Cataracts are cloudy regions that develop in the lens of the eye. They take years to form, but can be dissolved in a matter of weeks with a substance called lanosterol, a precursor to cholesterol and several related sterols.
The Nature paper showed that an injection followed by eye drops containing lanosterol reversed clouding in the lenses of dogs after treating them for just six weeks. Veterinarians may soon be able to substitute eye drops for the scalpel to treat their canine patients, which is just as well as cataracts are common in some pedigree dogs including, ironically, guide dogs for the blind.
The Science paper reports the discovery of a class of small molecules also derived from cholesterol. These sterols were shown to reverse lens clouding in mice and, remarkably, the effects were seen in just two weeks.
Cataracts and the clouding that happens as a result of protein aggregation was considered a point of no return. Until these two new studies came along, no one even thought that restoring the transparency of the lens was an alternative. These papers change that perspective and open a completely new therapeutic strategy to treat cataracts in the future.
Cataracts occur as a result of protein clumping together on the eye’s lens, preventing light from reaching the retina. Once the cataract is formed, there is one option: surgery. Cataract surgery involves removing the natural lens through tiny incisions and replacing it with a plastic “intraocular” lens.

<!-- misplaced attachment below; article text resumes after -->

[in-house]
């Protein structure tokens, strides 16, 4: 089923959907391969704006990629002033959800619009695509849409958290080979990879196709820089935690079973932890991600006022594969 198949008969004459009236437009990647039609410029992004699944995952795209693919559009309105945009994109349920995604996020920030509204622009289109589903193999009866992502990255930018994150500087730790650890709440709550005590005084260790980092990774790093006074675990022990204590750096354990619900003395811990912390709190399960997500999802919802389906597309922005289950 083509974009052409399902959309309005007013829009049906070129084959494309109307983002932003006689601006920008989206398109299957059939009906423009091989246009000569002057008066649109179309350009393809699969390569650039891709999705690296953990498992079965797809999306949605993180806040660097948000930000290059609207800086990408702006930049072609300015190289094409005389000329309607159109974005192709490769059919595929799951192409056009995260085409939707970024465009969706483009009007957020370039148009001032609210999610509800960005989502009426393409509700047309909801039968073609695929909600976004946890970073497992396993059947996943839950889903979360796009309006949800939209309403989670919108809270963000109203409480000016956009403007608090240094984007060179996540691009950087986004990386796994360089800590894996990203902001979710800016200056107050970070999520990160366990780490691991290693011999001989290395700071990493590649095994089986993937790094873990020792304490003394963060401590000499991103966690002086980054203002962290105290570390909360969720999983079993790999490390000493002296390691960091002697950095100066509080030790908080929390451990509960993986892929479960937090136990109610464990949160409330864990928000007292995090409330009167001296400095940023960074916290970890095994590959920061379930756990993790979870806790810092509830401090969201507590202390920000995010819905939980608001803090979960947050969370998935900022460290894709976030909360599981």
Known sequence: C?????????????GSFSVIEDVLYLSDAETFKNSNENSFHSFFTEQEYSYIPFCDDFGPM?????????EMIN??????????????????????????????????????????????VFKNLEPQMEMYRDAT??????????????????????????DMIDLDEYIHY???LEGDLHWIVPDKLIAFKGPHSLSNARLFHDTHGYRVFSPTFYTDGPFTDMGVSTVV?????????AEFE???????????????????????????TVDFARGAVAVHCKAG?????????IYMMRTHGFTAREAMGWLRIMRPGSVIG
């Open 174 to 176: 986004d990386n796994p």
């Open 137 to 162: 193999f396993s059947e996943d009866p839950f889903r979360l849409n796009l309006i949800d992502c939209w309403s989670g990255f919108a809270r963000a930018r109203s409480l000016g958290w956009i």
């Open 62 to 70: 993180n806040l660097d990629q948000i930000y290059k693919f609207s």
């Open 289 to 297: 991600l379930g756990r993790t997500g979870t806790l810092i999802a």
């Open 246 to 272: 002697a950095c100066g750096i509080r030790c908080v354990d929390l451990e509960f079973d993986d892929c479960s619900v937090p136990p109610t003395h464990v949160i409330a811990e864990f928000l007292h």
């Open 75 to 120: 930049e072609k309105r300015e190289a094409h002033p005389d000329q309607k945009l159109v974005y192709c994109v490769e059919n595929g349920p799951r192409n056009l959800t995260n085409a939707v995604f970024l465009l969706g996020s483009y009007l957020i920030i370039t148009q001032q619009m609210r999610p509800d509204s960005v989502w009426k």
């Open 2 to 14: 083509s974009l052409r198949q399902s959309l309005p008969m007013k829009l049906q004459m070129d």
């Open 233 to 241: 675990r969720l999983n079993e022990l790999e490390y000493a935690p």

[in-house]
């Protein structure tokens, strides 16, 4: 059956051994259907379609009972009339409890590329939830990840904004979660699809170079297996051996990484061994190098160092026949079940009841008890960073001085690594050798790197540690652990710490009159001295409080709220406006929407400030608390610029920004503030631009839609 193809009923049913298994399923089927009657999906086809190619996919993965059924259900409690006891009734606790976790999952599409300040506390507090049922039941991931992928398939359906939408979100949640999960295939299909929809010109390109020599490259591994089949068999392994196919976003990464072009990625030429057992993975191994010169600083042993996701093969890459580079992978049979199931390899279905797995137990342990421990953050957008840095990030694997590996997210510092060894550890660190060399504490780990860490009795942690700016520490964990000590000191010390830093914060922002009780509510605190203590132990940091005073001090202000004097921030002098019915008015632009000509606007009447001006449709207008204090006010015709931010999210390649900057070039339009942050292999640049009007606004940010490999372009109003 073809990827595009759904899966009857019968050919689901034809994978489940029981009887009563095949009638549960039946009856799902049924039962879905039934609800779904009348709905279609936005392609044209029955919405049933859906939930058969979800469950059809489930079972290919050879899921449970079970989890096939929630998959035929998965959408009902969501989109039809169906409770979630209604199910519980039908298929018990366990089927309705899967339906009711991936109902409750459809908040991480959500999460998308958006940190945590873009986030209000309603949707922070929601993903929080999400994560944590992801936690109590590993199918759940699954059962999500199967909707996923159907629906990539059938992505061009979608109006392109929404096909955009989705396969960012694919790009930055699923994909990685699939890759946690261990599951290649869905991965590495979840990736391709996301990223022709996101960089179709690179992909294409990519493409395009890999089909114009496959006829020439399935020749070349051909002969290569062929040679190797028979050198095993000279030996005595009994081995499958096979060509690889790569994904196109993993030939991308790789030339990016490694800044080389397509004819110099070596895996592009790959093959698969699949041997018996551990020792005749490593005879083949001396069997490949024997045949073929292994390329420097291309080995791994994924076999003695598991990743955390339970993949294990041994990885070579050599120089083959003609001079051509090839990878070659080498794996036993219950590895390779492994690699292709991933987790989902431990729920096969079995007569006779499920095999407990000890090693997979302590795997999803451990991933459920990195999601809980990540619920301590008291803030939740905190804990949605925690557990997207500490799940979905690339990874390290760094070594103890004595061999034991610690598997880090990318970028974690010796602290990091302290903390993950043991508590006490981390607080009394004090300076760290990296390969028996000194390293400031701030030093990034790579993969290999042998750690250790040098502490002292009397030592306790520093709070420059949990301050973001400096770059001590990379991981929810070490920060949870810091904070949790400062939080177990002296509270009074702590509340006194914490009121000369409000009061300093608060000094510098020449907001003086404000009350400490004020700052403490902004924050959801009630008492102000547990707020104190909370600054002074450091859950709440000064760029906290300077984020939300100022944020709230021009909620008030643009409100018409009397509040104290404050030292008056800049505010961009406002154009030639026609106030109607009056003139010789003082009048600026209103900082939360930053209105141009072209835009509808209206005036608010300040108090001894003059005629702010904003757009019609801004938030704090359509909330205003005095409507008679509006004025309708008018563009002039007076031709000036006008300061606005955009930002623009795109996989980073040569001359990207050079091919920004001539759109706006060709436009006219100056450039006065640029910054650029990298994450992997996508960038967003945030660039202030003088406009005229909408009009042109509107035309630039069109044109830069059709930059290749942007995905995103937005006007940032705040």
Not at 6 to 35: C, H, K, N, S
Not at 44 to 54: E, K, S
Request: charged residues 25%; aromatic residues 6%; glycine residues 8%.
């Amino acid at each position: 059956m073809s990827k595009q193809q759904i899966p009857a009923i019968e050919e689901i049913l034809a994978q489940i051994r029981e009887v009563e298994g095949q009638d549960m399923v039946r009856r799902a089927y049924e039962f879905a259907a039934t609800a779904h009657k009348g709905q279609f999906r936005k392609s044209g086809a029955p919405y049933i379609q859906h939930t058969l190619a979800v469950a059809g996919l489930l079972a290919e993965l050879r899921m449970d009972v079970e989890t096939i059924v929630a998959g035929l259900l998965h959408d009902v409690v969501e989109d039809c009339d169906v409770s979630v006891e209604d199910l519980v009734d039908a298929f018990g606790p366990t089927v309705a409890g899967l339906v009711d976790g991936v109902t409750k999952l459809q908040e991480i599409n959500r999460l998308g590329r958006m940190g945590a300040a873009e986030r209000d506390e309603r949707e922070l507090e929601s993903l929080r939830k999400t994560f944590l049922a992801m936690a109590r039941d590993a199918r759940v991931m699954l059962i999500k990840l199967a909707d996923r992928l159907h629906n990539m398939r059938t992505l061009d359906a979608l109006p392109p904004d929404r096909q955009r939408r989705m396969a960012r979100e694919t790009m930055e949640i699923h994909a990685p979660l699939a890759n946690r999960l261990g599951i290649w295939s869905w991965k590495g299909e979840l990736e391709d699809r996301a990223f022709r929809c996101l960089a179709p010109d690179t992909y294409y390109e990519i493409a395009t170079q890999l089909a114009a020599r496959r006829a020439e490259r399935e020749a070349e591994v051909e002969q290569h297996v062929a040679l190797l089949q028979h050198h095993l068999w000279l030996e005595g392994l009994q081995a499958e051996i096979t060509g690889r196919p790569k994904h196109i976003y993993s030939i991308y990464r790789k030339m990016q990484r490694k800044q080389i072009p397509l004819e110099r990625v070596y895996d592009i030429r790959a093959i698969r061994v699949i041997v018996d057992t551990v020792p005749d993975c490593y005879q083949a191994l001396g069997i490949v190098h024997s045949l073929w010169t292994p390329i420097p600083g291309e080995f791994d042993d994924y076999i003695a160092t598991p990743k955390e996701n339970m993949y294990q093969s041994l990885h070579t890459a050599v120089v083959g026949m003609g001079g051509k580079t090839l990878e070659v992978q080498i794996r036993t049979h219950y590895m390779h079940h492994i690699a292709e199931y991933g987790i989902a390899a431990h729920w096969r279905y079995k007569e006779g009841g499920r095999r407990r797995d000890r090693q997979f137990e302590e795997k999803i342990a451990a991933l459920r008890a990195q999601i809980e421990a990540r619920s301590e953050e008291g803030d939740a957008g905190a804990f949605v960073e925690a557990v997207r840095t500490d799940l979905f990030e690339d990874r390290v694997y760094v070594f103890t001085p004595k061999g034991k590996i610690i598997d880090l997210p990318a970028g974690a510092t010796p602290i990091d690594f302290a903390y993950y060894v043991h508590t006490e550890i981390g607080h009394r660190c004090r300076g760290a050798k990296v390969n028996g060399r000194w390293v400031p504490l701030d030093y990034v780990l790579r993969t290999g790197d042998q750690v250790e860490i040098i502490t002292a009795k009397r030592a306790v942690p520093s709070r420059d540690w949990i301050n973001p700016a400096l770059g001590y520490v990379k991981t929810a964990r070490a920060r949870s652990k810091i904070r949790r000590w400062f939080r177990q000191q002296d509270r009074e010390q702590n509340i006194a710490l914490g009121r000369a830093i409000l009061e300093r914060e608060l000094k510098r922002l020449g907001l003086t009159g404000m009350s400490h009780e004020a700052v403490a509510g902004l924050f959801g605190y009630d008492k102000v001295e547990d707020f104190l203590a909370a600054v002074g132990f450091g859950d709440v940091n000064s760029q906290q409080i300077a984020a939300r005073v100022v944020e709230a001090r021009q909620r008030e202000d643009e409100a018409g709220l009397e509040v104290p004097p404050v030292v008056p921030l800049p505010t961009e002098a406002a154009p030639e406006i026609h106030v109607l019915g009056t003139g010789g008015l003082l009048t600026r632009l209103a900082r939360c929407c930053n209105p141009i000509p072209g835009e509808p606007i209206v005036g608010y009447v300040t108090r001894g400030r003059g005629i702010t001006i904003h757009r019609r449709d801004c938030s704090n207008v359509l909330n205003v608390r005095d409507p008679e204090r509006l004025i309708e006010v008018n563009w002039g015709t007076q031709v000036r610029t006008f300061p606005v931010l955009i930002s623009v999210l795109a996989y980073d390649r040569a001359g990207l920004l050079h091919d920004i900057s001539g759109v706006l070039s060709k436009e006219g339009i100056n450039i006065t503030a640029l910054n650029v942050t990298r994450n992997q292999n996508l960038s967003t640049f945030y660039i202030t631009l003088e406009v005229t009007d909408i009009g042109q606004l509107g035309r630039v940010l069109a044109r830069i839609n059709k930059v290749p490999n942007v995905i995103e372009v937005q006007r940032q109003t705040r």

Cataract surgery is one of the most commonly performed procedures and it has a high success rate. The problem is that there simply aren’t enough ophthalmic surgeons to perform all of the procedures that are needed.
In 2010, there were 95m people requiring cataract surgery, worldwide, and of these people 20m were blind as a result. With people living longer, the problem is only going to get worse.
If you live long enough, you will develop cataracts. So something that radically shifts not only our understanding of cataracts but also its treatment is badly needed. And the two recent studies may be just that something. They herald the most remarkable discovery to emerge in the field of cataract therapies since Harold Ridley developed the intraocular lens in the mid-20th century.
It’s not just cataracts
The Science paper shows that selected sterols could help in the treatment of a host of other human diseases such as cardiomyopathy and neurodegenerative diseases where similar proteins are involved. As more details on the mechanism of action become known, it is possible that such sterol-based drugs could have applications for the treatment of Parkinson’s disease, Alzheimer’s disease and other types of dementia.
Another possible application for sterol-based treatments is presbyopia (long-sightedness). This is the other universally experienced ageing effect on the eye lens. When we reach middle age, our arms need to grow a couple inches every year so we can continue to type and read the computer screen. It is believed that presbyopia is the first stage in age-related cataracts. By mid-life, the lens proteins have accumulated significant damage, enough to change their properties and start the process of forming “aggregates” that eventually become a cataract. So the research described in the two papers really does offer something momentous: the preservation of our sight as we age.